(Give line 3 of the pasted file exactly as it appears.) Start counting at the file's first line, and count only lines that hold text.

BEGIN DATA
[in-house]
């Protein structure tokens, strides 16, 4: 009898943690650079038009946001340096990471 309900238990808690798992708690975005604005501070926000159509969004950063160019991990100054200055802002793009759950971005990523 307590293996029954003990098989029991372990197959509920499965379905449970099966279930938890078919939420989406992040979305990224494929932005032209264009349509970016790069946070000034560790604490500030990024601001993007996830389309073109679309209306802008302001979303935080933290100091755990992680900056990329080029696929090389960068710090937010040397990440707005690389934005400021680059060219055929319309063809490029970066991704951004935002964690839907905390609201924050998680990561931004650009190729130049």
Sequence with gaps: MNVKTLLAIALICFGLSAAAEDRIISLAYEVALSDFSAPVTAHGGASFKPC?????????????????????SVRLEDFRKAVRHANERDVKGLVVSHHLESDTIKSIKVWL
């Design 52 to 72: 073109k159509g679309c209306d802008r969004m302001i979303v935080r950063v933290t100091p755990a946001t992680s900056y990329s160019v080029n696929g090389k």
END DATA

Sequence with gaps: MNVKTLLAIALICFGLSAAAEDRIISLAYEVALSDFSAPVTAHGGASFKPC?????????????????????SVRLEDFRKAVRHANERDVKGLVVSHHLESDTIKSIKVWL